The climax of the TG4 All-Ireland football championship will take place on Sunday, but will it be a Royal defence of the title, or a first triumph in 29 years - and one which moves them top of the roll of honour list - for the women from the Kingdom?
Going to the Wall one last time?
The undoubted spectre hanging around this feast of Gaelic football on Sunday will be the AFLW.
Vikki Wall, last year's TG4 Player of the Year, has signed a professional contract with North Melbourne, while her team-mate Orlagh Lally is off to play with the Fremantle Dockers.
Will this be the last time they grace GAA HQ in the green and gold? We can only hope not, as their departure, alongside 19 other leading players, is undoubtedly an issue for the LGFA.
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Wages on the other side of the world are only set to increase over the next decade, and the draw of the sun, sea, sand and pro sport might be hard for some of Gaelic games' leading talents to ignore, a point Dublin's Sinead Goldrick touched on earlier in the summer when she said, "AFLW want to have it [full-time] professional by 2026 so there will definitely be improvements over the next four years.
"By 2026 it'll be full-time, so I don't know if the opportunity to do both [inter-county and AFLW] will be there then."
That's all for another day though.
Meath to join game's royalty?
It's less than 12 months since Meath caused what was then considered to be one of the great shocks in Irish sport by beating Dublin, and preventing them doing the five-in-a-row, less than a year after winning the intermediate championship.
But Eamonn Murray and his squad, some of whom are appearing in a fifth All-Ireland final on the spin, have been determined to show this year that it was no fluke.
Claiming the Lidl League title against Donegal - a first for the county - told us that there would be no hangover, or lack of motivation to repeat last year's heroics in 2022.
A Leinster final defeat to the Dubs, followed by an All-Ireland group stage draw with Armagh suggested that perhaps the Royals weren't quite at the races this summer. And yet, here they are, back in the final again.
Emma Duggan's sensational winner saw them defeat Galway in the quarters, before their comeback semi-final victory against Donegal the last day.
"Any time we start to find it tough we remember where we came from, and I think that journey has helped us to get to where we are today," Orlagh Lally told RTÉ Sport earlier in the year.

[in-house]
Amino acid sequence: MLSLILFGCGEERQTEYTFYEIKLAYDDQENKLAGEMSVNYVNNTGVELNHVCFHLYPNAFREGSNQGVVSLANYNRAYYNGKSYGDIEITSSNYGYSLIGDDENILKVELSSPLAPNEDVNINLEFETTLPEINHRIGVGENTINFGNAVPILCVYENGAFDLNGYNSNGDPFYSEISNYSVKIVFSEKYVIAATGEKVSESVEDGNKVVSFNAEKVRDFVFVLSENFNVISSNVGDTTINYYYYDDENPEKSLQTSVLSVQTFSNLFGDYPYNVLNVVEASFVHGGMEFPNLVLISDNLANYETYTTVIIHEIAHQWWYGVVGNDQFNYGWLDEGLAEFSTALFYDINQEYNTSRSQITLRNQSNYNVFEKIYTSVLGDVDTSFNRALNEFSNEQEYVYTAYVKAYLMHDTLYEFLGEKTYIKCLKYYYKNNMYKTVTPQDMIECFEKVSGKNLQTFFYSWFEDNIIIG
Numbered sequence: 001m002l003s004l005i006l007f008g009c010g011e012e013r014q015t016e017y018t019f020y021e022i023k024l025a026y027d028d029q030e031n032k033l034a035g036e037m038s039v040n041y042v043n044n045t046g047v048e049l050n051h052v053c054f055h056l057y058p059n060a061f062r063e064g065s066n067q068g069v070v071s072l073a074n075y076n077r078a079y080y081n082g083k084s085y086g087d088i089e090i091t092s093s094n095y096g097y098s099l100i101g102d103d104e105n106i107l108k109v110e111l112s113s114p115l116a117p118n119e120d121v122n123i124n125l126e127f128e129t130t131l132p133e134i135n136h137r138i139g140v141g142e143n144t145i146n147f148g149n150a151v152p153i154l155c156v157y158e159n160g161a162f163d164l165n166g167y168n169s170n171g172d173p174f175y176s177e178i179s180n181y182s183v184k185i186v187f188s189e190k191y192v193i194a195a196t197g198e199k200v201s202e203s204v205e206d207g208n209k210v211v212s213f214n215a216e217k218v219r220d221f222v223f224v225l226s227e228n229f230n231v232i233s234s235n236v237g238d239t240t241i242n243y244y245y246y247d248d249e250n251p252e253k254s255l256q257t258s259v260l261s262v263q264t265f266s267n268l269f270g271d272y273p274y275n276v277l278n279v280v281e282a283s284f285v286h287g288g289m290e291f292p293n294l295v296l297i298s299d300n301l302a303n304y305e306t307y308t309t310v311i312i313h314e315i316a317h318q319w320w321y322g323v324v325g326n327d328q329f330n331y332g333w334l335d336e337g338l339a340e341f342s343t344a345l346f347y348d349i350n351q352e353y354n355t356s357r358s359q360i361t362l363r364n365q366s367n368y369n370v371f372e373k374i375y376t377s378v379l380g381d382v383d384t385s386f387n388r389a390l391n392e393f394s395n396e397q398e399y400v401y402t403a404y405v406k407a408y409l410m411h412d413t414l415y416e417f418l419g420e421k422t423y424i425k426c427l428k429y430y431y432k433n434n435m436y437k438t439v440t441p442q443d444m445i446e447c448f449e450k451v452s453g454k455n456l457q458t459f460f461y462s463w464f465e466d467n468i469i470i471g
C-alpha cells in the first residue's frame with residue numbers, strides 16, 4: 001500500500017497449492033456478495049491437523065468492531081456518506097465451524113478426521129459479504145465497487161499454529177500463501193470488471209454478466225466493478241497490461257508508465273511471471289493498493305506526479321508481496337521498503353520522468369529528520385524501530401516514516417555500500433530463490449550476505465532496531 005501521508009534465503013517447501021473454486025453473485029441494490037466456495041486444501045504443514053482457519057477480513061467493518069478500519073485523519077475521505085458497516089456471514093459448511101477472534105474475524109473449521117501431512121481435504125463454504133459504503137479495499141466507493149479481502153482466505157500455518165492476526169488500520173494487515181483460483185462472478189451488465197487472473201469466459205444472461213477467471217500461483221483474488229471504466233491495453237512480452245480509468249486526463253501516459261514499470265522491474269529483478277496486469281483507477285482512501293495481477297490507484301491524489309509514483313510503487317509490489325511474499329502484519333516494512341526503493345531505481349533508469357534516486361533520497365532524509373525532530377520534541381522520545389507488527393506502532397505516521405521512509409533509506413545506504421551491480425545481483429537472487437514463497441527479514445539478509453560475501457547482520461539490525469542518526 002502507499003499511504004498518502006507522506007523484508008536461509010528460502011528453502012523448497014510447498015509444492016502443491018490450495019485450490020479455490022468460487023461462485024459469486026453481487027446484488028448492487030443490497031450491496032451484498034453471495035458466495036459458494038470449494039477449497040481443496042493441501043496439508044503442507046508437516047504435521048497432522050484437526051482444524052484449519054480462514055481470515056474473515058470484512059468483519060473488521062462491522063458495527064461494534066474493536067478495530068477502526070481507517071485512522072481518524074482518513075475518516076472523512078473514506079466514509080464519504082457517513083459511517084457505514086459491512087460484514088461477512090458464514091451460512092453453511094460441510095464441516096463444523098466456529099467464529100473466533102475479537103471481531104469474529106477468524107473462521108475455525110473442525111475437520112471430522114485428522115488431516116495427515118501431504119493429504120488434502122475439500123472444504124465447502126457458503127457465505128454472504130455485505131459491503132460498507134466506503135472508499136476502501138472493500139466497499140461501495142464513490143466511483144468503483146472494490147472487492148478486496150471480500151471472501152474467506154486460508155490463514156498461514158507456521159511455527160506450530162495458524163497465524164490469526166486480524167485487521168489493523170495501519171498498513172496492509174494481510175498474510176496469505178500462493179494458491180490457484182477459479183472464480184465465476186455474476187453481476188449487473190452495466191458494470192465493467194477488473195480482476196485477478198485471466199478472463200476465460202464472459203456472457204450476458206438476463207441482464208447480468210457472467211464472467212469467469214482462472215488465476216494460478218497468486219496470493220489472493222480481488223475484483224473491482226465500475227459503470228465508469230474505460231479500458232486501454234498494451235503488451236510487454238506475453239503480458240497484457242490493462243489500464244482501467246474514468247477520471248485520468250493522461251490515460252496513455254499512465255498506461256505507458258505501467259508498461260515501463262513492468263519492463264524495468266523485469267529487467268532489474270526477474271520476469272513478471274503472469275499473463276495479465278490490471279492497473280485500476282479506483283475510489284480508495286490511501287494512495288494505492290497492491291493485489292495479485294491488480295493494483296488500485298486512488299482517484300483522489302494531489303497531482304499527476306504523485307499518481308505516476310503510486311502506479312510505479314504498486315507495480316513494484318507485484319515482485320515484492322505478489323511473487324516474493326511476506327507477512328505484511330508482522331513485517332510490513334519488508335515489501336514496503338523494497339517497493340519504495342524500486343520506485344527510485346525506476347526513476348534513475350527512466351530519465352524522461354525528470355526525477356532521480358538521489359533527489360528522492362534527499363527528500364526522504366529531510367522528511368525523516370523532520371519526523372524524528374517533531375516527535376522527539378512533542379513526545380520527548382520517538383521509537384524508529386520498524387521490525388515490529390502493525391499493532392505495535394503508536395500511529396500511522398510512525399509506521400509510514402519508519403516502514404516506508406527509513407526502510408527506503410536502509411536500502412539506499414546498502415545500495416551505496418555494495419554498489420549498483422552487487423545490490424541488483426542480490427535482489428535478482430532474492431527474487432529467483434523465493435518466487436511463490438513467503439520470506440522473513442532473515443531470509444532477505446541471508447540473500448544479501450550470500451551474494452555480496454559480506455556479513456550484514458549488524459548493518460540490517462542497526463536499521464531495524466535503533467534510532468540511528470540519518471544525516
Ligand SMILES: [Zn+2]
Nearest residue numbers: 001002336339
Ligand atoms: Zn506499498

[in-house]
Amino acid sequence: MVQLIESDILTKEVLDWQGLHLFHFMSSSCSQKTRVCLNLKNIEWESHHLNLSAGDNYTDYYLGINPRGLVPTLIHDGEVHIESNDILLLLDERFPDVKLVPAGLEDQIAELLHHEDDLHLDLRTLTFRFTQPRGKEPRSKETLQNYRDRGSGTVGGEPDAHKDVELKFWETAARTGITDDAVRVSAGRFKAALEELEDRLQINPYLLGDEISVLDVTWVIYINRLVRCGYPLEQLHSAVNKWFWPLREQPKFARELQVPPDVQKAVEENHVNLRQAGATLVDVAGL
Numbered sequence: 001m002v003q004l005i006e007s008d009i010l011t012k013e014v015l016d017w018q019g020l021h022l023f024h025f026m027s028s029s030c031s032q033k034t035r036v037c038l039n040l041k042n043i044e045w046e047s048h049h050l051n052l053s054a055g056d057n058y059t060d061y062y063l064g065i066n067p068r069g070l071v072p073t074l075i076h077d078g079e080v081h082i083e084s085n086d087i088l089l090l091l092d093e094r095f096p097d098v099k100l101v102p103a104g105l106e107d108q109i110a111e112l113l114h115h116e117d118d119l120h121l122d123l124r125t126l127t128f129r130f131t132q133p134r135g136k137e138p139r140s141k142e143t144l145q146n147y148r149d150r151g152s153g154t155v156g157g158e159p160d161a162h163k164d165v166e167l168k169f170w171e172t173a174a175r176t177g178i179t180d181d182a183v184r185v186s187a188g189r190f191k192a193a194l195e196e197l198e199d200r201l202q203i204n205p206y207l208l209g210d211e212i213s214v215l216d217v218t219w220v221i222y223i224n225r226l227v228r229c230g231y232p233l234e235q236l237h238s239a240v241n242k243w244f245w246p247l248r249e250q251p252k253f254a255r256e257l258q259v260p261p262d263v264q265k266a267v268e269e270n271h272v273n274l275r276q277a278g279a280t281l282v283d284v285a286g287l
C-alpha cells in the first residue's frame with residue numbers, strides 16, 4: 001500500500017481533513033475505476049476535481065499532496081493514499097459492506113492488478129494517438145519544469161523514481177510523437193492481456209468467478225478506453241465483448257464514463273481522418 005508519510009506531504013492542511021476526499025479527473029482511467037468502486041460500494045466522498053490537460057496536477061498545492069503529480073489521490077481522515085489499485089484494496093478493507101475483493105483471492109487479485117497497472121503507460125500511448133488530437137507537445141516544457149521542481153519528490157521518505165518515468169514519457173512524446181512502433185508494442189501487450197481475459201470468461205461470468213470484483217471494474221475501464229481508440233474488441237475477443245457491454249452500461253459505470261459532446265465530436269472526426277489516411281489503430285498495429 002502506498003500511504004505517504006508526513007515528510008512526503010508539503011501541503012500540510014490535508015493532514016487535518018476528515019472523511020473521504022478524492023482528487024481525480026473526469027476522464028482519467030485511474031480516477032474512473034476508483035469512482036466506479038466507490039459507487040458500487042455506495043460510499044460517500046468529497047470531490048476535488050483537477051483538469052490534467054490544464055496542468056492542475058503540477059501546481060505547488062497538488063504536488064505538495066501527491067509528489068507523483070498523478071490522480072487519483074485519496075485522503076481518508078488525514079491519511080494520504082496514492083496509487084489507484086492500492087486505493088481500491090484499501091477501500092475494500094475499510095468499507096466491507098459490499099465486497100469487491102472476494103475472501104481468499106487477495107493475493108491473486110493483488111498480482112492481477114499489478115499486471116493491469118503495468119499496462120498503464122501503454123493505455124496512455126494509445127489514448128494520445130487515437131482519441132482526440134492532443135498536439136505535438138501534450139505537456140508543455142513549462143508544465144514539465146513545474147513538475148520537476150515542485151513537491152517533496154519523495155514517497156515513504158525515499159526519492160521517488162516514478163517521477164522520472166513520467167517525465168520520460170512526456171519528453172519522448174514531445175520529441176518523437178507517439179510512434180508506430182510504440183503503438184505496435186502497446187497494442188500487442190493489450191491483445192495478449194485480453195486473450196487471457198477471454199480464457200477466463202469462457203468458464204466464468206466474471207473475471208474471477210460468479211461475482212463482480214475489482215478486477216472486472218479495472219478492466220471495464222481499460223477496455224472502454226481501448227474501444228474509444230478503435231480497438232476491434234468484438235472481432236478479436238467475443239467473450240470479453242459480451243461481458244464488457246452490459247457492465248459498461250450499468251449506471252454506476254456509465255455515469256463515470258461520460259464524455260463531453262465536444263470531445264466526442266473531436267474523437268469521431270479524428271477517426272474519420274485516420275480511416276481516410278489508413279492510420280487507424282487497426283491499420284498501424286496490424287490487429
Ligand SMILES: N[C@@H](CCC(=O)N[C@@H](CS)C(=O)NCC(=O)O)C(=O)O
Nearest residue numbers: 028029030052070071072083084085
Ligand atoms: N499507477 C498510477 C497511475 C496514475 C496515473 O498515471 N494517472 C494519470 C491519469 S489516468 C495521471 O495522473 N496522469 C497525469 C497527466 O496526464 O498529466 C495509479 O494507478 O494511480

Where they came from - Division 2 football - is exactly where Kerry were this spring. The Munster women will be playing in the top flight next year after finally getting over the line in the second tier final - beating Armagh - having lost the second tier final in 2019 and 2021.
They have the perfect model to follow in Sunday's opponents, a point which their captain Anna Galvin acknowledged this week.
"Teams ebb and flow - Cork flowed for a long time, so too did Dublin," she said.
"Change was coming down the line but Meath were phenomenal catalysts for it last year. It was exciting to have different people at the top table.
"We have been following a similar route in ways in that we've been building and taking it game by game. It's something that we laid out at the start of the year - the final was where we wanted to be."
If Kerry are to get over the line on Sunday, their rich vein of goal-scoring form could become a major talking point afterwards.
They smashed in four in their semi-final win over Mayo, having managed the same total against Armagh in the last eight. They hit five in their two group games en route to winning Group 3.
It led Meath manager Eamonn Murray to state bluntly this week that, "If we stop the goals, we'll win the game. It's that simple."
You can't argue with that, but the defending champions haven't been exactly shy about rattling the net themselves.
While their two knockout victories showed mental resolve to pull through by a combined total of just three points, with a single goal scored, Meath did hit five goals in their three Leinster championship games, as well as another against Monaghan in the group stages, and Galway in the quarters, for a total of seven this summer.
Murray might be slightly worried about their own concession of goals, having seen Dublin, Westmeath, Galway and Donegal all manage it in the championship this year. But neither Armagh nor Monaghan managed to score goals against them.
Further, they've conceded 51 points in seven championship games, or just over seven per game on average, so Kerry will have to do something special to rack up a big score on Sunday.
The new regime against the old guard, Leinster against Munster - whatever happens, this afternoon's game arrives with much promise.
Kerry: C Butler; J O'Sullivan, K Cronin, E Lynch; A O’Connell, A Costello, C Murphy; L Scanlon, C Lynch; N Carmody, S O’Shea, A Galvin (capt.); P McCarthy, D O’Leary, L Ní Mhuircheartaigh.
Meath: M McGuirk; S Ennis (capt.), M.K. Lynch, K Newe; A Leahy, E Troy, A Cleary; M O’Shaughnessy, O Lally; M Thynne, E Duggan, K Nesbitt; V Wall, S Grimes, N O’Sullivan.
Referee: Maggie Farrelly (Cavan)
Follow the All-Ireland LGFA final day, including a live blog of the final, Meath v Kerry, on Sunday at 4pm on the RTÉ News app and on rte.ie/sport, plus live radio commentary on RTÉ Radio 1